So far: The season started poorly with back-to-back 5-2 losses. Their fortunes have turned since then, but this team has not yet faced a team that was in the playoffs last year. About the goaltending: big offseason signing Vitek Vanecek proved why Washington let him go, with five goals allowed and just 17 saves in his one start. Incumbent Mackenzie Blackwood has a 2.02 GAA, but just a .904 SV%.

Looking ahead: The schedule shapes up nicely for the Devils to bank points before the calendar turns to 2023. I still don’t trust that goaltending, however.

#5 New York Rangers (3-2-1, .583, 20 GF/20 GA)

Regulation wins: Tampa Bay, at Minnesota, Anaheim
Overtime: OT loss vs. San Jose
Regulation losses: at Winnipeg, Columbus (lol)

Preseason expectation: The Rangers returned to the playoffs behind a Vezina-winning breakout year from goalie Igor Shesterkin, and demonstrated a more balanced game on their run to the Eastern Conference Finals. Some felt they could challenge the Hurricanes for the division title, but some wondered whether Shesterkin could play at that level again.

So far: Beating the Lightning in a nationally-televised ECF rematch was a statement win to start the season, followed by a road demolishing of a good (allegedly) Minnesota team. Just a .901 SV% for Shesterkin, but a return to form from the Breadman, with Artemi Panarin scoring 12 points in the first six games. Free agent signing Vincent Trocheck has added 6 points if his own as the second line center.

Looking ahead: November features 10 non-playoff teams in 18 games. The tougher games are at home, and the road trips aren’t against challenging teams.

#6 Washington Capitals (3-3-0, .500, 19 GF/21 GA)

Regulation wins: Montreal, Vancouver, Los Angeles
Overtime: None
Regulation losses: Boston, at Toronto, at Ottawa

Preseason expectation: Unlike Pittsburgh, the Capitals seemed closer to hitting their expiration date. Major injuries to Nicklas Backstrom (hip) and Tom Wilson (ACL) don’t help. Could adding Stanley Cup-winning goalie Darcy Kuemper help?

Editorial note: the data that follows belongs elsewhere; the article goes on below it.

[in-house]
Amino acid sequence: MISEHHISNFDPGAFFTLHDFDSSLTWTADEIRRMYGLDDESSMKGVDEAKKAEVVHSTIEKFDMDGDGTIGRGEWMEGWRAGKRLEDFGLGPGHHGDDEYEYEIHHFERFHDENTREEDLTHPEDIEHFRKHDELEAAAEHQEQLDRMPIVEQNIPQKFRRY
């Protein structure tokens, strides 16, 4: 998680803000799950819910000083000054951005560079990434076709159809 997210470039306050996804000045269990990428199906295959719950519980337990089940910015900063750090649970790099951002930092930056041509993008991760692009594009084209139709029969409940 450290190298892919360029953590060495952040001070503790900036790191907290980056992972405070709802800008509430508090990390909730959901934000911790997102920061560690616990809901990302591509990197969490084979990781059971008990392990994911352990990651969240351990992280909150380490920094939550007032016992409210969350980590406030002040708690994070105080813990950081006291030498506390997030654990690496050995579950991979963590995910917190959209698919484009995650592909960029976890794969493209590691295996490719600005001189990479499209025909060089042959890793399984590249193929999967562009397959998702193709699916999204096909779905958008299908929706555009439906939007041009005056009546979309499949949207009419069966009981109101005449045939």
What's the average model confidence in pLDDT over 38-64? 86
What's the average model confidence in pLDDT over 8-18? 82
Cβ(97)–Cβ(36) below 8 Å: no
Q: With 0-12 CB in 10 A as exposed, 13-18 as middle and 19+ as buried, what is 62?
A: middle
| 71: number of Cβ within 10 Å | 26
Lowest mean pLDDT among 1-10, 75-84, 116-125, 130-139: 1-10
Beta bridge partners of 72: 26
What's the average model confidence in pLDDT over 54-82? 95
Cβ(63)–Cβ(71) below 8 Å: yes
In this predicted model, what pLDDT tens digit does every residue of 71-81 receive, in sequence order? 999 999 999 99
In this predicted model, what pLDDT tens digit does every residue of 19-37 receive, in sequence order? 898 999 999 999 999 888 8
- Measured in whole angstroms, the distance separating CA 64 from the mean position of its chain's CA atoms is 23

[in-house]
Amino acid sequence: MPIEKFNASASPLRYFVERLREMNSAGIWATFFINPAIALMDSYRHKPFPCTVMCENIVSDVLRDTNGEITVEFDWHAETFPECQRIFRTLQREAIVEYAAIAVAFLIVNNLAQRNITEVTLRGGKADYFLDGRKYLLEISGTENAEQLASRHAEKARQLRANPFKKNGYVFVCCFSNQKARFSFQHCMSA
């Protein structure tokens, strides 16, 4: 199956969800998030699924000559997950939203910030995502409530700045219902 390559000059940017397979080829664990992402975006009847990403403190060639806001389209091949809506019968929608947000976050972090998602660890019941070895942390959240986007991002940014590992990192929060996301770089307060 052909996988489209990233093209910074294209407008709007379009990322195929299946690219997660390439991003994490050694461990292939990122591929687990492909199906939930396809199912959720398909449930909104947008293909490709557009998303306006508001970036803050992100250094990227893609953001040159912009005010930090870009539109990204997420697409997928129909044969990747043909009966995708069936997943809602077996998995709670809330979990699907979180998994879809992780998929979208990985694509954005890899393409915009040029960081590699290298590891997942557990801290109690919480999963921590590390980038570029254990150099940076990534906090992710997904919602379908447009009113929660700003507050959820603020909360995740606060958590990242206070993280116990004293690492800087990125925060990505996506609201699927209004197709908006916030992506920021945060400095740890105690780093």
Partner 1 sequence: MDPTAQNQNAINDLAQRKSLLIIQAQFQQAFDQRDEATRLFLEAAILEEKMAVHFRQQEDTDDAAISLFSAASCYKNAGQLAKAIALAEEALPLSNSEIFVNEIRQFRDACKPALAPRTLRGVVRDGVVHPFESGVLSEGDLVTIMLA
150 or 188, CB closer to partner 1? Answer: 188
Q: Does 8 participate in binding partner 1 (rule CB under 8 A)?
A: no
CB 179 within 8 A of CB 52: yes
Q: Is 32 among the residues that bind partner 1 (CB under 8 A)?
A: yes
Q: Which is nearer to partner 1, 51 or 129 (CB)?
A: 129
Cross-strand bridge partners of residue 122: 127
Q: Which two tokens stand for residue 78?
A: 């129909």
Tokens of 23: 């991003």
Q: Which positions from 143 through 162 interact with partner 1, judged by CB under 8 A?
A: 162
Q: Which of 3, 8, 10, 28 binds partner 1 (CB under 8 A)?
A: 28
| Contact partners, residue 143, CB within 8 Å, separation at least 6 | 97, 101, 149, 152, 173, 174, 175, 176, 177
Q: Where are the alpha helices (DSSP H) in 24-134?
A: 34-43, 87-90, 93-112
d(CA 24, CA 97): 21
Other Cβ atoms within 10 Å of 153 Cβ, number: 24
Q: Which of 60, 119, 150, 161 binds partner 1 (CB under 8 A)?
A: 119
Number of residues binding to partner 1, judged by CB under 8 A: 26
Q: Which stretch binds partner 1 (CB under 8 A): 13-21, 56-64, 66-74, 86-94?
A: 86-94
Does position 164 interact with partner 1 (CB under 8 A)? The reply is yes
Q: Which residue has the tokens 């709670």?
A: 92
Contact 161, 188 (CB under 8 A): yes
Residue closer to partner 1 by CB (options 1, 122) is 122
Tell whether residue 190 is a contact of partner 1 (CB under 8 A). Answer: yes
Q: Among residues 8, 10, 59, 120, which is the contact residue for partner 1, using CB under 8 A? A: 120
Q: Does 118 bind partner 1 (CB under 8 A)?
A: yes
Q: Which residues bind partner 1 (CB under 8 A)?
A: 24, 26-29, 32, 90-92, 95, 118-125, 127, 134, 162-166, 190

So far: Well, Kuemper has a 3.04 GAA and .899 SV%. Guess that playing behind the Colorado defense helped him, huh? Alex Ovechkin misses Backstrom, with only two goals through six games, and a minus six rating. The closest thing to a statement win was scoring four third period goals to beat the Kings.

Looking ahead: Road opponents in the next month include Dallas, Carolina, Tampa Bay, Florida, and St. Louis. Vegas, Edmonton, Pittsburgh, Tampa Bay, and Colorado come to DC. The Caps could find themselves still on the outside looking in on American Thanksgiving, and history shows it is difficult to get back into a playoff spot after that.

#8 New York Islanders (2-4-0, .333, 19 GF/18 GA)

Regulation wins: Anaheim, San Jose
Overtime: None
Regulation losses: Florida, New Jersey, at Tampa Bay, at Florida

Preseason expectation: The Islanders were a popular preseason pick last season (including by yours truly), but got off to a disastrous start. Due to delays in construction of their new arena, they spent their first 13 games on the road. Then in December their roster was struck by a COVID outbreak that left them shorthanded for several games before the whole league shut down. They recovered in the back half but still finished way out of a playoff spot. Barry Trotz was fired as head coach, only to be replaced by his longtime assistant Lane Lambert. GM Lou Lamoriello bolstered the lineup with the addition of...uh...hold on, I thought I had it in my notes here...ah yes: Alexander Romanov! Wait, is that it?

So far: The good news is they get to spend more time in October at home, with their first four games all at UBS Arena. The bad news is they split those, before losing both games in a Florida road trip. Mathew Barzal and his new contract extension have yet to score a goal, but captain Anders Lee does have seven points in six games.

Looking ahead: One wonders how much longer Lambert will ride Ilya Sorokin (1-3-0, .908 SV%, 2.84 GAA) over Semyon Varlamov (1-1-0, .917, 2.53 GAA). This week they have a 3-in-4 against the Rangers, Hurricanes, and Avalanche. I think they’re capable of playing better than they have been, but so far it’s hard to see evidence that they’ve done enough to make up a 16 point gap from the postseason cut-off.


Of the good teams, only Washington is truly struggling to start the season. Of the non-playoff teams from last year, the Devils and Flyers are both proving to be more competitive. An already challenging division looks to be an even bigger challenge this year for the Blue Jackets. Of course, at this early stage it only takes a four game win streak or losing streak to shuffle the standings from where they are now.

Prior to the Finland trip, the Jackets visit New Jersey, and upon their return they host the Flyers twice and visit the Islanders once. Those four games are winnable, and could help separate the Jackets from their peers in the bottom half of the division.